The most pressing public health concerns are "persistent, long-standing, and widespread," Ward says. "They require a transdisciplinary problem-solving approach. Public health social workers, especially those who have earned an MSW and an MPH, can bring a transdisciplinary perspective to help understand and intervene to improve the heath and well-being of society."
Public health social work, Salm Ward says, "blends the preventive aspect of public health and the problem solving orientation of social work. Social workers understand the need for tailoring interventions to specific populations; adopt a person-in-environment/family-centered perspective; and provide insight into the social conditions that negatively affect health and the social determinants of health."
Preparing for the Future
As a director of an MSW/MPH program, Ruth believes dual programs provide the depth of knowledge needed for social workers to lead and excel in public health social work. "We need to make them less expensive and better fund those students willing to put in the extra time to become the leaders of this important area of practice. Moreover, MSW/MPH programs need to do a better job of promoting public health social work as a practice specialty." However, she acknowledges that MSW/MPH programs are both expensive and time-consuming; she believes the field must identify additional means of training social workers in public health skills. "Because many practicing social workers need public health training to work in the emerging areas of the new health system, she stresses the need for more continuing education in public health social work, prevention, and population health for social workers with MSWs. In addition, we need MSW programs to integrate public health and wide-lens coursework into their traditional health social courses, and perhaps expand to offer public health social work certificate programs."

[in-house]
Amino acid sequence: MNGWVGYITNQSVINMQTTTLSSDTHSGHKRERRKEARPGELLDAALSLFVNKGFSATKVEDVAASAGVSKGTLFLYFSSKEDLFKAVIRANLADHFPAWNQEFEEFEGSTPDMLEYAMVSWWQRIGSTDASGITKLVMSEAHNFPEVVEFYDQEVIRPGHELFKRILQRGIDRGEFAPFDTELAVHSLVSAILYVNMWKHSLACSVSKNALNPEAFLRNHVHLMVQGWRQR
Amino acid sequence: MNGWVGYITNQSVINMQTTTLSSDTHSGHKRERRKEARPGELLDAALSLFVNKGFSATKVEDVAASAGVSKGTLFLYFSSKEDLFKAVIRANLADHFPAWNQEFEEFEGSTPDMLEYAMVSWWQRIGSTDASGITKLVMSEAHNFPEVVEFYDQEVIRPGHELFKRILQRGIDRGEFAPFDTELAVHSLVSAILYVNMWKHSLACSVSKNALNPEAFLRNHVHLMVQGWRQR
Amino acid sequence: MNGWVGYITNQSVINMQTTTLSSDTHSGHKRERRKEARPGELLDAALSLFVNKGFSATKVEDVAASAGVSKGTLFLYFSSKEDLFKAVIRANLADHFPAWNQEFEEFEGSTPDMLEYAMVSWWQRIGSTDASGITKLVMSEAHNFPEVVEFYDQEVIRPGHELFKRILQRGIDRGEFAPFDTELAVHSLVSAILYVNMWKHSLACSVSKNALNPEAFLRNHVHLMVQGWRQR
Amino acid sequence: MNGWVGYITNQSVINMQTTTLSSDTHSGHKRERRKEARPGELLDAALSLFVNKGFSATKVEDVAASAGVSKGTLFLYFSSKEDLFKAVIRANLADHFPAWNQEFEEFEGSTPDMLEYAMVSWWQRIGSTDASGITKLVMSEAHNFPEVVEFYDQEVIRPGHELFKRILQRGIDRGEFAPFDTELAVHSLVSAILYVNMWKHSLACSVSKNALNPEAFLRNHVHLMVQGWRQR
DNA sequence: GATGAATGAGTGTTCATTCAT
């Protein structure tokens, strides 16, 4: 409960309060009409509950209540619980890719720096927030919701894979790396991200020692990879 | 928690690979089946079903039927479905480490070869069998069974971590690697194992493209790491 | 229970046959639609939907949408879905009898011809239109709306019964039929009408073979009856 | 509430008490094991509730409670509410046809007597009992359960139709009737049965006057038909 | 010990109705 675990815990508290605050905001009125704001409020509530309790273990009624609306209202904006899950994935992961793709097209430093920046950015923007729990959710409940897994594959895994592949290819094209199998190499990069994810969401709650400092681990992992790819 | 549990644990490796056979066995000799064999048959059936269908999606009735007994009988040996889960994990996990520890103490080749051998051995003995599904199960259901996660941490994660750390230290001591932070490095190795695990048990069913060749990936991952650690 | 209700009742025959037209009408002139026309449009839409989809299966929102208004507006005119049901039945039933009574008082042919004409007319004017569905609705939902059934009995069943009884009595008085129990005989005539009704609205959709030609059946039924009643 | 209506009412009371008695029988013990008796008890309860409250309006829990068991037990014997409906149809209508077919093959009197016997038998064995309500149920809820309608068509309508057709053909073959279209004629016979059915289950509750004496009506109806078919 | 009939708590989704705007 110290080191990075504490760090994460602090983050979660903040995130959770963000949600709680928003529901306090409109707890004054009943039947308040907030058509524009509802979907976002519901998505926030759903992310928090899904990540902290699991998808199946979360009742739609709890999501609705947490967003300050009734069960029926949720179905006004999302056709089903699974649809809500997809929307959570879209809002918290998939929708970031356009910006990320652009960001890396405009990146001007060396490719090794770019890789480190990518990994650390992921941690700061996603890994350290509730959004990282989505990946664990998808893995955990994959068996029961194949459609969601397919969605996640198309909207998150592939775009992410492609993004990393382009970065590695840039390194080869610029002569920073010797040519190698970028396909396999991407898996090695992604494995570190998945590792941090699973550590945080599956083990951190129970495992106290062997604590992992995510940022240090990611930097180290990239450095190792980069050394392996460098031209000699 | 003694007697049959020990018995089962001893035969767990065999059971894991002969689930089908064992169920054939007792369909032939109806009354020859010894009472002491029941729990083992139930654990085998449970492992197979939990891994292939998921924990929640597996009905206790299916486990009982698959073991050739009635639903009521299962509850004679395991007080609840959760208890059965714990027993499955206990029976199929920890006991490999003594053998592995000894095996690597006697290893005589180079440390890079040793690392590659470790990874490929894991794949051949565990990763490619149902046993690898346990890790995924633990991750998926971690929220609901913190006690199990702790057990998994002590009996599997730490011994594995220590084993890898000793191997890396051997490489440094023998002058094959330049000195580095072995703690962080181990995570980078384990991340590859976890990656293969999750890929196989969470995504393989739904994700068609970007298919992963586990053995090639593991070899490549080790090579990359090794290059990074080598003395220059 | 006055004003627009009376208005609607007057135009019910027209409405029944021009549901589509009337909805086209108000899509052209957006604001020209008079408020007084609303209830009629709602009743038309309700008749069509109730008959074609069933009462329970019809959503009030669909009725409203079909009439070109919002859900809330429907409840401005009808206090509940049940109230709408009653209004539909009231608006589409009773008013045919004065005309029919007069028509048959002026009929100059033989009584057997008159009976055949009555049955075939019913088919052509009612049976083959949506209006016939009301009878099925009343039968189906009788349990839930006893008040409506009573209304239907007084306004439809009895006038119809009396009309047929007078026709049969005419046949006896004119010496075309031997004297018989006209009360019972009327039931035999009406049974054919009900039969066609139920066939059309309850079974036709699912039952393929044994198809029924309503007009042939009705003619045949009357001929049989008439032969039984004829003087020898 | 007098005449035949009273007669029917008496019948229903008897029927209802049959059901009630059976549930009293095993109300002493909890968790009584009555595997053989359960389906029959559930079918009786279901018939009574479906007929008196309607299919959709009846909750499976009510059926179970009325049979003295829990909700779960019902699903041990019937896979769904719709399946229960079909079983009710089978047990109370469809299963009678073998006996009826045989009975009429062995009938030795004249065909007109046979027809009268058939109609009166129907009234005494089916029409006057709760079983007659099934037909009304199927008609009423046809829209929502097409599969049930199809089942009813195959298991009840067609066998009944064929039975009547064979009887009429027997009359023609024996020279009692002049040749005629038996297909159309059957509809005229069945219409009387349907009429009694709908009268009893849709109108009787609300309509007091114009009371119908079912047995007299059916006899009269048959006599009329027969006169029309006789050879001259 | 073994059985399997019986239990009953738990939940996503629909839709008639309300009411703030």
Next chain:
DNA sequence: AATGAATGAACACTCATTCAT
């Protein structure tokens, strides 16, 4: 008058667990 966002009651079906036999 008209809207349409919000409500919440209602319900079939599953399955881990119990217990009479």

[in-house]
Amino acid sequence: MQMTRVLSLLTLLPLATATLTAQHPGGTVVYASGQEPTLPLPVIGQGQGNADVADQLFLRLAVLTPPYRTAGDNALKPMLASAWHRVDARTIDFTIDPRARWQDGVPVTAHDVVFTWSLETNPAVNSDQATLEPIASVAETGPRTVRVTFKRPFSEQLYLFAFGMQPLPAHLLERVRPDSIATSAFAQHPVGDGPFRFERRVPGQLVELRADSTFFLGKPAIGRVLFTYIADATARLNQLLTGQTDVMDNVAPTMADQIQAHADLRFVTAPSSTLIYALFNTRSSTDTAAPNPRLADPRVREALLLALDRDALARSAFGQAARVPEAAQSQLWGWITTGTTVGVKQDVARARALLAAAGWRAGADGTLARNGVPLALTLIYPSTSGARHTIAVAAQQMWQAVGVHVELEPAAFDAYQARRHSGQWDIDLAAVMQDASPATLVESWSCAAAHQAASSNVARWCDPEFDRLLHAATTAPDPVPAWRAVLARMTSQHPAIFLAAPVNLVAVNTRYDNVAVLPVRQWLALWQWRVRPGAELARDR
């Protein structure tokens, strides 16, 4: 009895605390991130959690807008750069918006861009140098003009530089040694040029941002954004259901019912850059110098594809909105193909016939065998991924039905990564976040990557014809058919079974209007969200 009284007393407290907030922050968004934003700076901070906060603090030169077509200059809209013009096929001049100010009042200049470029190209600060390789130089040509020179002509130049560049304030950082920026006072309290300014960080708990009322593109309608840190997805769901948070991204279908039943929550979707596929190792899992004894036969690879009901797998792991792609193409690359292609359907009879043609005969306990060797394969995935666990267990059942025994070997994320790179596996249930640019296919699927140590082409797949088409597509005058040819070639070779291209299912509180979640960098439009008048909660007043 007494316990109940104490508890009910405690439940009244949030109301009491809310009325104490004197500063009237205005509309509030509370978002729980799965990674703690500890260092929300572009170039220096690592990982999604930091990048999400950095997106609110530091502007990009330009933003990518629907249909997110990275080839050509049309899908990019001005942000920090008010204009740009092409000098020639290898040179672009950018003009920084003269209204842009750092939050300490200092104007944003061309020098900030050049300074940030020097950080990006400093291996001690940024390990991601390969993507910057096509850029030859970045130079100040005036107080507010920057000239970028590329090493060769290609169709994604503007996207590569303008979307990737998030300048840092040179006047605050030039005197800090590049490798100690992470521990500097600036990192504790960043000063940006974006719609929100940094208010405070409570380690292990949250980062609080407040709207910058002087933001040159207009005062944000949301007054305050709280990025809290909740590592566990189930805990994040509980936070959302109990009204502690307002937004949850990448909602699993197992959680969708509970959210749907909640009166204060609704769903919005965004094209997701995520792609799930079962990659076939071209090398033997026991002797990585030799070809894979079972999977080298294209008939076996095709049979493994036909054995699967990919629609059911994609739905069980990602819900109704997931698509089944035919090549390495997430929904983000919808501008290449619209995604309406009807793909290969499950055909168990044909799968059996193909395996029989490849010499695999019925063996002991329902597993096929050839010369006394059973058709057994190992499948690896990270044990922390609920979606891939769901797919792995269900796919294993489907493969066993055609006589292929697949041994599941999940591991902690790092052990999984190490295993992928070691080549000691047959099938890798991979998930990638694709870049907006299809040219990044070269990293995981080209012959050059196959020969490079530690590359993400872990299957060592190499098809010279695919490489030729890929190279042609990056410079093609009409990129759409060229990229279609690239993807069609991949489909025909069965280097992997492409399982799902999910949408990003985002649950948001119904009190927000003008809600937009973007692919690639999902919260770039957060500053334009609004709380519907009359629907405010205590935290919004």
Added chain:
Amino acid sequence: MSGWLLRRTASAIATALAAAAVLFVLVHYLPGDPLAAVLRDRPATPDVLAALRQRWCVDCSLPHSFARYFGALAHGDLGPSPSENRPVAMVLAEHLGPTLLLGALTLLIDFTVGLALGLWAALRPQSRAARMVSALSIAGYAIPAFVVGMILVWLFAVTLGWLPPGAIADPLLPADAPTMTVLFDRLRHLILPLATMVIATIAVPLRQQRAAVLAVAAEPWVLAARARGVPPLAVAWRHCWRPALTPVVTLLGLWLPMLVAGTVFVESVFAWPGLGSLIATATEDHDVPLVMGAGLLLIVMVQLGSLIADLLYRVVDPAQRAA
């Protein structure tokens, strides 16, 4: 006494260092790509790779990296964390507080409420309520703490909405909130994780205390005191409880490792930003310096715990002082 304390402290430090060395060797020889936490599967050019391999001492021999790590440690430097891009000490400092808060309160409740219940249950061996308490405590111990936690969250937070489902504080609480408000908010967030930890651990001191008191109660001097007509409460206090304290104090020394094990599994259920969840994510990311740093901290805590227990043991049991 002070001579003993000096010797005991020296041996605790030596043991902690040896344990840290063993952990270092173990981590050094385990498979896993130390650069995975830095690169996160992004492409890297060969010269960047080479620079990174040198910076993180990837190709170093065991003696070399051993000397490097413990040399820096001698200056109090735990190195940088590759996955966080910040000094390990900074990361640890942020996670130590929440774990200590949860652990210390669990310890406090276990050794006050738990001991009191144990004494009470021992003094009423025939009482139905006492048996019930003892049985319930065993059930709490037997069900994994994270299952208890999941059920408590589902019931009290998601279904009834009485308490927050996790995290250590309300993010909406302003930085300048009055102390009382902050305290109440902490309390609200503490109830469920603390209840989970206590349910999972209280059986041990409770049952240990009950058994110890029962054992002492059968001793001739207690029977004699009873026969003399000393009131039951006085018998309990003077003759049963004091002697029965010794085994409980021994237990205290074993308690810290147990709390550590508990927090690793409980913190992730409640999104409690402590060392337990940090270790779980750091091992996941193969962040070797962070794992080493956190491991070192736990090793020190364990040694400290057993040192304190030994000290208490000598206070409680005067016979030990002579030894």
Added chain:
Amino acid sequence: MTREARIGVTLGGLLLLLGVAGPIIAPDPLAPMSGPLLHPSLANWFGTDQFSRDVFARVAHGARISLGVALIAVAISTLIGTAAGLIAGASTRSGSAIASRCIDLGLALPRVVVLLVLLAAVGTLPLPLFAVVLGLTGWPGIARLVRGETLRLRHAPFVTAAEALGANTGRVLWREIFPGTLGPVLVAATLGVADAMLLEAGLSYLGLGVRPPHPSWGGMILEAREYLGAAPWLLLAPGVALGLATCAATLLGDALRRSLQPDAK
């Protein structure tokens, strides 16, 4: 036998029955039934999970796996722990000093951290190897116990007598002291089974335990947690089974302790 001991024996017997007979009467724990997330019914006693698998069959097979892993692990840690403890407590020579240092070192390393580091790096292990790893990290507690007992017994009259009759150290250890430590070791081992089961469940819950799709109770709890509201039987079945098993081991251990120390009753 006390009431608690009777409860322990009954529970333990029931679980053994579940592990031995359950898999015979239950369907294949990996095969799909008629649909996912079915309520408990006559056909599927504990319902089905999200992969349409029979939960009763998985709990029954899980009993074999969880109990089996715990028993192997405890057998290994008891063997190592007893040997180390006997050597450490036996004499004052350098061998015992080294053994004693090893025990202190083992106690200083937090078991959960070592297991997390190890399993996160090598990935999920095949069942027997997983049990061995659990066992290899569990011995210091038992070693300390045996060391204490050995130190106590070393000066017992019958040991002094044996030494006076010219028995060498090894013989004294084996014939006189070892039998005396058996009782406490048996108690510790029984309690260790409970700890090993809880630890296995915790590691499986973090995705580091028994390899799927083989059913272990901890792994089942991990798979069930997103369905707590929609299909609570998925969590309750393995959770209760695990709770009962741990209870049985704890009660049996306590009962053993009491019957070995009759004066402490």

Prevention, Ruth concludes, is powerful. "Can you imagine what we could do if even 10% of social workers engaged in prevention?" she asks. She says, however, "We will only be powerful in our impact if we use public health science, work collaboratively across professions, market and rebrand ourselves as ready to do the latter, push past our hyper-focus on individual treatment, and measure outcomes."
The occupational outlook, Ruth says, "will depend on whether social work awakens to its abilities and opportunities in public health social work, begins to expand itself beyond individually oriented interventions, and spreads into prevention and other areas of public health." Furthermore, she says, "opportunities for prevention and public health in general are highly dependent upon society's investment and funding." Ruth, who cofounded The Group for Public Health Social Work Initiatives, a working group affiliated with Boston University that aims to raise the profile of public health social work, sees public health social work's and the nation's progress as dependent on the ACA and the Obama administration emphasis on prevention. "Otherwise," she says, "we will not be able to rein in our health care costs, nor will we be successful in expanding social work opportunities in public health." Society, she observes, can't continue to cover the costs associated with treating chronic illnesses in a growing aging population, most of which, she adds, are preventable.
— Kate Jackson is an editor and freelance writer based in Milford, PA, and a frequent contributor to Social Work Today.